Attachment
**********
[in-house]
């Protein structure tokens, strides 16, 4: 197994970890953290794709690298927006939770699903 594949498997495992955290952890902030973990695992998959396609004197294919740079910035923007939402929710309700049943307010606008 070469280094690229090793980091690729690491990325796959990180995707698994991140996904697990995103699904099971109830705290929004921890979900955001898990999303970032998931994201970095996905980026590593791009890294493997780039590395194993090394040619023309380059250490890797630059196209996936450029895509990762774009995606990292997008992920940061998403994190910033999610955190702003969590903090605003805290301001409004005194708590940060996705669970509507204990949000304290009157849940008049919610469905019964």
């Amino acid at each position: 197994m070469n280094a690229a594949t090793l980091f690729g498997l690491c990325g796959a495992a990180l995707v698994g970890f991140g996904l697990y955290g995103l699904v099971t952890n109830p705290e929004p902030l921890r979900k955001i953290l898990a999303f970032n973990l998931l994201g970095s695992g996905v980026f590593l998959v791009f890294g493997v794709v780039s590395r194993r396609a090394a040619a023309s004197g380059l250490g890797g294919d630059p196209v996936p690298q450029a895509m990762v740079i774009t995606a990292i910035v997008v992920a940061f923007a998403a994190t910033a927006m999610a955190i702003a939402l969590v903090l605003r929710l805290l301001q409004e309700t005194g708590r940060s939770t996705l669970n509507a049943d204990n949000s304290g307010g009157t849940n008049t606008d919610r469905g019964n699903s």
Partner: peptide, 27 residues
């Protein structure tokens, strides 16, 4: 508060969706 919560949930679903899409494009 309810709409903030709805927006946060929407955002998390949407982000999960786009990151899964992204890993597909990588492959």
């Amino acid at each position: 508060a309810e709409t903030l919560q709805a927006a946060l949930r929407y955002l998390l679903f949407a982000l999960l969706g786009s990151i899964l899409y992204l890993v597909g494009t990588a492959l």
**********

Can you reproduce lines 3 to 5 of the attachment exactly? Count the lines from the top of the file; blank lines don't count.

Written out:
């Amino acid at each position: 197994m070469n280094a690229a594949t090793l980091f690729g498997l690491c990325g796959a495992a990180l995707v698994g970890f991140g996904l697990y955290g995103l699904v099971t952890n109830p705290e929004p902030l921890r979900k955001i953290l898990a999303f970032n973990l998931l994201g970095s695992g996905v980026f590593l998959v791009f890294g493997v794709v780039s590395r194993r396609a090394a040619a023309s004197g380059l250490g890797g294919d630059p196209v996936p690298q450029a895509m990762v740079i774009t995606a990292i910035v997008v992920a940061f923007a998403a994190t910033a927006m999610a955190i702003a939402l969590v903090l605003r929710l805290l301001q409004e309700t005194g708590r940060s939770t996705l669970n509507a049943d204990n949000s304290g307010g009157t849940n008049t606008d919610r469905g019964n699903s």
Partner: peptide, 27 residues
């Protein structure tokens, strides 16, 4: 508060969706 919560949930679903899409494009 309810709409903030709805927006946060929407955002998390949407982000999960786009990151899964992204890993597909990588492959």